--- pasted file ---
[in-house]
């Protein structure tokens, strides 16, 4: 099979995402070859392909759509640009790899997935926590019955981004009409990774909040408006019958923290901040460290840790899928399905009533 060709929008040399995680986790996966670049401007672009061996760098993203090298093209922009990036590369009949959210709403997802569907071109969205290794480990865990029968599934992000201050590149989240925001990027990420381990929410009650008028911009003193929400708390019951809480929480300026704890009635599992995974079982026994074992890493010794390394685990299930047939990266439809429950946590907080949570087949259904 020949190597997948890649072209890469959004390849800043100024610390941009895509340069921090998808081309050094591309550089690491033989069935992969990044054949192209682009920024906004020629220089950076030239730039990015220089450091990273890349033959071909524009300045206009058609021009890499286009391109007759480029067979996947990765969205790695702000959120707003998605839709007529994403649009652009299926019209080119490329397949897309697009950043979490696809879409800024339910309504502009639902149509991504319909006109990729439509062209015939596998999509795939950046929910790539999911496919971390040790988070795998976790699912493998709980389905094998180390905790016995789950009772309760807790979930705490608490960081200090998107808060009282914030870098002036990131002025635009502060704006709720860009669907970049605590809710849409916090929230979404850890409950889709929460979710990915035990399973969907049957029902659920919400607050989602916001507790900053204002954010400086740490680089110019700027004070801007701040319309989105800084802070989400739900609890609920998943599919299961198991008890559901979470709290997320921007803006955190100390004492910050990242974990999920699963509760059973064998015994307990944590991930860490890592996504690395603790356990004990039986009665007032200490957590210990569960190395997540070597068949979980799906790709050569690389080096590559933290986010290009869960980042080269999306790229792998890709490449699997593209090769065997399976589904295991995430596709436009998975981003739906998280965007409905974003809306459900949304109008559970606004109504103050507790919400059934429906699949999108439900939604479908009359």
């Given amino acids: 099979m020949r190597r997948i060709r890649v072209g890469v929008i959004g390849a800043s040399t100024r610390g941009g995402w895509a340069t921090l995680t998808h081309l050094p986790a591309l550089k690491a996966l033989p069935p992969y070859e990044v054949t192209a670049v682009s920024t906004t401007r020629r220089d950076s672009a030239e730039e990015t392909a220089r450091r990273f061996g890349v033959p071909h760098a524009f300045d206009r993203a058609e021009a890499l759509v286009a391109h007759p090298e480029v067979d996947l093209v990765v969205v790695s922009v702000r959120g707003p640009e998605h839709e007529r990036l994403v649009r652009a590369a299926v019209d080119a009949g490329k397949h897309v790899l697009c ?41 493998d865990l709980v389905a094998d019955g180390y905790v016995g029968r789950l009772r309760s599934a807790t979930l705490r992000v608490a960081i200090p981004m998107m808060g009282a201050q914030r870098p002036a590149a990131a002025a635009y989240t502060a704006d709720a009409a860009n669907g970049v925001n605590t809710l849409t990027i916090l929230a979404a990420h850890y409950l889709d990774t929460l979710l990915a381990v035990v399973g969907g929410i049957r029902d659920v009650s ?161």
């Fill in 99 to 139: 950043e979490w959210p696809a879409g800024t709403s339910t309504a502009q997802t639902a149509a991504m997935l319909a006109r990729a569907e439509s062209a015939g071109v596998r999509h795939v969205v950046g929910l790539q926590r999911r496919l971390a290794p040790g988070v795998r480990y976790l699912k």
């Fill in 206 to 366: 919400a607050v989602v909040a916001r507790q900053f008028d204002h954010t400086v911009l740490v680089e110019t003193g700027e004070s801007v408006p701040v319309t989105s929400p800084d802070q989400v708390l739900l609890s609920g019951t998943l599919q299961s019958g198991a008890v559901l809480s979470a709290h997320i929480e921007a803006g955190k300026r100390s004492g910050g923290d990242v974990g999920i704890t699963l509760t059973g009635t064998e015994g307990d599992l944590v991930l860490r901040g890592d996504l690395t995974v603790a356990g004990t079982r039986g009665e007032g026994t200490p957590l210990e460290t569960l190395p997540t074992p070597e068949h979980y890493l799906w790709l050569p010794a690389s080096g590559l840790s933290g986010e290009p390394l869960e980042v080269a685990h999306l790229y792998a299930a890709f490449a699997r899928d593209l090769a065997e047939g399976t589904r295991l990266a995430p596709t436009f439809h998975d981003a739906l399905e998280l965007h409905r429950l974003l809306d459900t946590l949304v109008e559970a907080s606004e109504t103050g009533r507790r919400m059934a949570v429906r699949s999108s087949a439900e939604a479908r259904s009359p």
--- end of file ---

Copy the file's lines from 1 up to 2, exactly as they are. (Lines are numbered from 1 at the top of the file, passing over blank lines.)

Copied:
[in-house]
């Protein structure tokens, strides 16, 4: 099979995402070859392909759509640009790899997935926590019955981004009409990774909040408006019958923290901040460290840790899928399905009533 060709929008040399995680986790996966670049401007672009061996760098993203090298093209922009990036590369009949959210709403997802569907071109969205290794480990865990029968599934992000201050590149989240925001990027990420381990929410009650008028911009003193929400708390019951809480929480300026704890009635599992995974079982026994074992890493010794390394685990299930047939990266439809429950946590907080949570087949259904 020949190597997948890649072209890469959004390849800043100024610390941009895509340069921090998808081309050094591309550089690491033989069935992969990044054949192209682009920024906004020629220089950076030239730039990015220089450091990273890349033959071909524009300045206009058609021009890499286009391109007759480029067979996947990765969205790695702000959120707003998605839709007529994403649009652009299926019209080119490329397949897309697009950043979490696809879409800024339910309504502009639902149509991504319909006109990729439509062209015939596998999509795939950046929910790539999911496919971390040790988070795998976790699912493998709980389905094998180390905790016995789950009772309760807790979930705490608490960081200090998107808060009282914030870098002036990131002025635009502060704006709720860009669907970049605590809710849409916090929230979404850890409950889709929460979710990915035990399973969907049957029902659920919400607050989602916001507790900053204002954010400086740490680089110019700027004070801007701040319309989105800084802070989400739900609890609920998943599919299961198991008890559901979470709290997320921007803006955190100390004492910050990242974990999920699963509760059973064998015994307990944590991930860490890592996504690395603790356990004990039986009665007032200490957590210990569960190395997540070597068949979980799906790709050569690389080096590559933290986010290009869960980042080269999306790229792998890709490449699997593209090769065997399976589904295991995430596709436009998975981003739906998280965007409905974003809306459900949304109008559970606004109504103050507790919400059934429906699949999108439900939604479908009359």